Royal Air Force Centenary 1918-2018
Royal Air Force One Hundred
'Commerate, Celebrate, Inspire'
Royal Air Force One Hundred is the collective banner under which all RAF Centenary events will fall. Under the leadership of the then Assistant Chief of the Air Staff, Air Vice Marshall Edward Stringer, RAF 100 was formally launched at RAF Northolt on Friday 28th February 2014.
For full details on RAF 100 events, visit the website: www.raf.mod.uk/raf100
Commerative Countdown to the Centenary:
2014 - 100th Anniversary of the outbreak of the First World War and the Arrival of the Royal Flying Corps (RFC) at St-Omer.
2015 - 75th Anniversary of the Battle of Britain. 100th Anniversary of the award of the First Air VC (Lt William Rhodes-Moorhouse, RFC).
2016 - 100th Anniversary of the first VC won on British soil (Lt William Leefe Robinson, RFC).
2017 - 100th Anniversary of the 'Bloody April' air campaign during the battle of Arras, Northern France.
2018 - 100th Anniversary of the end of World War One and Centenary Year of the RAF.
2019 - 100th Anniversary of the formation of the RAF Benevolent Fund.
In the Beginning...
The Royal Air Force can trace its beginnings to the summer of 1917, when German bombers mounted a series of air raids over London. As a result, General Jan Smuts, a distinguished South African soldier and statesman, was invited to examine the air defence of Great Britain. An Air Council came into being on 2 January 1918 and the formation of the RAF took effect on 1 April 1918 when the Royal Flying Corps and the Royal Naval Air Service were absorbed into its structure. Thus, the RAF became the first truly independent air force of any major power free to fully develop all the applications of aerial warfare.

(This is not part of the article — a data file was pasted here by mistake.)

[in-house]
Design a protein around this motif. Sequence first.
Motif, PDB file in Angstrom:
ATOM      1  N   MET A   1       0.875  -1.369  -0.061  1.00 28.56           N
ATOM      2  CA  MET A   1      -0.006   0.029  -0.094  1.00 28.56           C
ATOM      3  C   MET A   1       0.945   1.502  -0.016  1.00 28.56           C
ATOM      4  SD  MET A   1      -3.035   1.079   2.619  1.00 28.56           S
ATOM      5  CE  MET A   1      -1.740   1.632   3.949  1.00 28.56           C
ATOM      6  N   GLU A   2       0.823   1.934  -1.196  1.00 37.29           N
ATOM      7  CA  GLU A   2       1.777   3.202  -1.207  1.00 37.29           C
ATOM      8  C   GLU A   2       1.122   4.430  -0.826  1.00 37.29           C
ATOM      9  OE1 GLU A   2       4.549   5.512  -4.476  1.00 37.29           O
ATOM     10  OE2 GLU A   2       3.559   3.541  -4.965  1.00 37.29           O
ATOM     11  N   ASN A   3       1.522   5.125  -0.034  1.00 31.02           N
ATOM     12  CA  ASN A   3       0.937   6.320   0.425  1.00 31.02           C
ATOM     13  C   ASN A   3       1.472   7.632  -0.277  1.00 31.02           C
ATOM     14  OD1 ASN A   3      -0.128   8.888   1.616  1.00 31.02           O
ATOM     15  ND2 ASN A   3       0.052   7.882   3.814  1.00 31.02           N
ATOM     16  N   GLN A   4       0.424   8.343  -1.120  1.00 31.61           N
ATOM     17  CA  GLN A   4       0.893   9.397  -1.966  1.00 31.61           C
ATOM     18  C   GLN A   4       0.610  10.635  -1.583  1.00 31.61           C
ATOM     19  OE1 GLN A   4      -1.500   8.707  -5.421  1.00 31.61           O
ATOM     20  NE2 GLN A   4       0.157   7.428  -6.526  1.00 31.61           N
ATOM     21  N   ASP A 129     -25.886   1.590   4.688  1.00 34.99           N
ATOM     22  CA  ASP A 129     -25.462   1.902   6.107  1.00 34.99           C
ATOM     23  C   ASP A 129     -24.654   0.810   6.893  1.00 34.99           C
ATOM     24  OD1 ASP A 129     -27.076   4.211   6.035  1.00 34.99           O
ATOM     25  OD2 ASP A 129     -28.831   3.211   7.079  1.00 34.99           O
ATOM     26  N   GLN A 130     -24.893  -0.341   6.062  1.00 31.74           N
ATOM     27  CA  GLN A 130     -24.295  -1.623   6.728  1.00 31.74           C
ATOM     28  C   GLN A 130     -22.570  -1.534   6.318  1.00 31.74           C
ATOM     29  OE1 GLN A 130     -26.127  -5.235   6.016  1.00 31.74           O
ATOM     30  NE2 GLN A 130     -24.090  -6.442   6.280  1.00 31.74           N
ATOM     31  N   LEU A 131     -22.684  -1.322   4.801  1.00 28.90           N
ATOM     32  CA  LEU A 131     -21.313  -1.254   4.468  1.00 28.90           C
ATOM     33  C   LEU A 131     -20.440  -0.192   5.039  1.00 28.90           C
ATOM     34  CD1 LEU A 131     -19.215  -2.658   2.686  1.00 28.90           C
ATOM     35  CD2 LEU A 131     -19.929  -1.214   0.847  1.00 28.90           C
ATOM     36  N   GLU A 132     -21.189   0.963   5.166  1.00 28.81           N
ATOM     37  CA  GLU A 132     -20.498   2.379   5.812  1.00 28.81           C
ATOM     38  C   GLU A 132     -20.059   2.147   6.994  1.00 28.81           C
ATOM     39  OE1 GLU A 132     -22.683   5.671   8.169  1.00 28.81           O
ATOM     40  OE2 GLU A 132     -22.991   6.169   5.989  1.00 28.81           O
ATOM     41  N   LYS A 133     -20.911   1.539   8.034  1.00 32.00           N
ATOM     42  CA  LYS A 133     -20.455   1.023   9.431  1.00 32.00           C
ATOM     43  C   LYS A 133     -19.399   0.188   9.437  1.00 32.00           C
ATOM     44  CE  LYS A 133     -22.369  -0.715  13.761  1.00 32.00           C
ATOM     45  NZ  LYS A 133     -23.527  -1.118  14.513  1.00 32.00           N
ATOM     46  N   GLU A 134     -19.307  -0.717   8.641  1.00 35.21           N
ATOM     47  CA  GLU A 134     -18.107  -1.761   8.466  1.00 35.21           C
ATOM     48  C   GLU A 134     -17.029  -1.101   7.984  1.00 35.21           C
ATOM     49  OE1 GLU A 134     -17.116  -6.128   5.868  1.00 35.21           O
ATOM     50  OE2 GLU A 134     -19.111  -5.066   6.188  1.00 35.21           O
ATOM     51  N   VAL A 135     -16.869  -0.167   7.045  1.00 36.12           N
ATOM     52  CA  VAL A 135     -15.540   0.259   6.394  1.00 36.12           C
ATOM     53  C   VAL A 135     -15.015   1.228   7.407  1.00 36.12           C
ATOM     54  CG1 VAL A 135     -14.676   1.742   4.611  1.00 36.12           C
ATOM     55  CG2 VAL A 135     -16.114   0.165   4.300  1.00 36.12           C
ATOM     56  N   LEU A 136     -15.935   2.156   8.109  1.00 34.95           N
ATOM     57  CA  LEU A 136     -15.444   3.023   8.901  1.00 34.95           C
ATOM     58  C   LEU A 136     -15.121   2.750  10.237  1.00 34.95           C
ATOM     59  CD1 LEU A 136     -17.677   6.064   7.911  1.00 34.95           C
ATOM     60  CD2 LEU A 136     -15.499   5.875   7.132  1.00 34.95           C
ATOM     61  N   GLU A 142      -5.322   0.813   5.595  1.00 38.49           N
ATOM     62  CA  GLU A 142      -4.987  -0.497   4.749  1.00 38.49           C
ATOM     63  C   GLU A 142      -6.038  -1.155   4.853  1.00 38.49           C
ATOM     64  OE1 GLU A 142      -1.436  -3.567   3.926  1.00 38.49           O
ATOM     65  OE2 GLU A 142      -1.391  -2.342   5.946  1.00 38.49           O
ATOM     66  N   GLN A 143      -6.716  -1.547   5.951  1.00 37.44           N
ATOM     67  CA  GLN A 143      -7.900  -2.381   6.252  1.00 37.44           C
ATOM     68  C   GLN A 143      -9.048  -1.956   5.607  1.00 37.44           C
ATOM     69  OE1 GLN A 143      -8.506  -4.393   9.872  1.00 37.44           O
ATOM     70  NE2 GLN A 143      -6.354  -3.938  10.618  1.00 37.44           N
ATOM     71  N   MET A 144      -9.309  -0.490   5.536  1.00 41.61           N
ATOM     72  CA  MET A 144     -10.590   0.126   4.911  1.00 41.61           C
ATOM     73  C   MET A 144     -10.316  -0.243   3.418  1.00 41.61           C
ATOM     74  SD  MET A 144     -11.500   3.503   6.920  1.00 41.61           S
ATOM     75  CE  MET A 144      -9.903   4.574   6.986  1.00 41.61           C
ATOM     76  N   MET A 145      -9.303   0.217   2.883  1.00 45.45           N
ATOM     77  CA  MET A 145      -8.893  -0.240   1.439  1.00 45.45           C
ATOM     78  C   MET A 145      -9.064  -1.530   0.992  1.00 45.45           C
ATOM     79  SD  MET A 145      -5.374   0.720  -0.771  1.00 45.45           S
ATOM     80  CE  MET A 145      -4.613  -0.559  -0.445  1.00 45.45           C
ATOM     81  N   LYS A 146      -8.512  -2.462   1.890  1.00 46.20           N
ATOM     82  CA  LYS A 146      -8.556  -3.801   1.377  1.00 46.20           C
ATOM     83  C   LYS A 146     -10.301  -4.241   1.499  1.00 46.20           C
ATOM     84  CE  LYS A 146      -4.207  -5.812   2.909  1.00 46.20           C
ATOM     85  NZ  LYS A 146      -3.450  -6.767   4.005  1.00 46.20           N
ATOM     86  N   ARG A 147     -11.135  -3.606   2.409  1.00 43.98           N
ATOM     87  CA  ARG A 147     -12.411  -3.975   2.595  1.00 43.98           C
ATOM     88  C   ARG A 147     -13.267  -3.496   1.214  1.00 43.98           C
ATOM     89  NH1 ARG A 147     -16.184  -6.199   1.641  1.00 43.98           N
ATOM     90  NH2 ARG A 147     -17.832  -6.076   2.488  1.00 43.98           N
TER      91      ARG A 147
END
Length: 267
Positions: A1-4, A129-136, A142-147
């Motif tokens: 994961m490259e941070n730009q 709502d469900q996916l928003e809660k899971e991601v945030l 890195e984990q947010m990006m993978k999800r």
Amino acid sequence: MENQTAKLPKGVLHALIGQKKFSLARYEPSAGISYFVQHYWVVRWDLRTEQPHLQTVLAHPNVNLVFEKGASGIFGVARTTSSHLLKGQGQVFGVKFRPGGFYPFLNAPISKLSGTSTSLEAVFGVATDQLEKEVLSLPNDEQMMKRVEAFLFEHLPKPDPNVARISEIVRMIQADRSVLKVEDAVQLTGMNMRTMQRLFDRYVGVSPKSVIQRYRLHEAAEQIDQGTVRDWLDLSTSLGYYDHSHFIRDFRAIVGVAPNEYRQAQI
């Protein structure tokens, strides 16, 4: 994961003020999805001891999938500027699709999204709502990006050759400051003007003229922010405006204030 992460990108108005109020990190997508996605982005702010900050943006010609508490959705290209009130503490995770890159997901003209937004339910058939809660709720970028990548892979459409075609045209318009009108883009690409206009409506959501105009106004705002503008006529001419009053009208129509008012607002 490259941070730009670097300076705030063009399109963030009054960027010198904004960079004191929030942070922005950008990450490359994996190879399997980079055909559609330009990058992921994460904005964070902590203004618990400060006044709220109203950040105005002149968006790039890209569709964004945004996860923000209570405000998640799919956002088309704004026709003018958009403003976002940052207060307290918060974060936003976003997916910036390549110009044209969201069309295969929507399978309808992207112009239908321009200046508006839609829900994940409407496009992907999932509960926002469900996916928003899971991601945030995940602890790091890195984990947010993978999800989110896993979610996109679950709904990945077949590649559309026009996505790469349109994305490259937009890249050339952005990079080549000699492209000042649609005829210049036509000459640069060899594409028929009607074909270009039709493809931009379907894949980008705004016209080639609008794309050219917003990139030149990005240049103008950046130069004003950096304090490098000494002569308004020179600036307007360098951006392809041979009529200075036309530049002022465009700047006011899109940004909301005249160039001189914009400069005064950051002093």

Major General Hugh Trenchard became Chief of the Air Staff in March 1919 and drew up a paper, setting out his thoughts on the necessary proportions of the RAF, which led in December 1919 to a White Paper of immense importance to the future of the Air Force.
Trenchard placed great emphasis on creating a fierce loyalty through the comradeship of a backbone of regular officers and men, trained at the RAF Cadet College Cranwell, Lincolnshire; the Apprentice School at RAF Halton, Buckinghamshire, and at a new RAF Staff College. This quality of character was particularly necessary for the post-war personnel of the RAF, not only because of their task in shaping the new service, but also in ensuring its survival and expansion in the hostile environment created by the Royal Navy and the Army...
An extract from 'A Short History of the RAF' by Air Cdre Graham Pitchfork
For more on the history of the RAF follow this Link: http://www.raf.mod.uk/history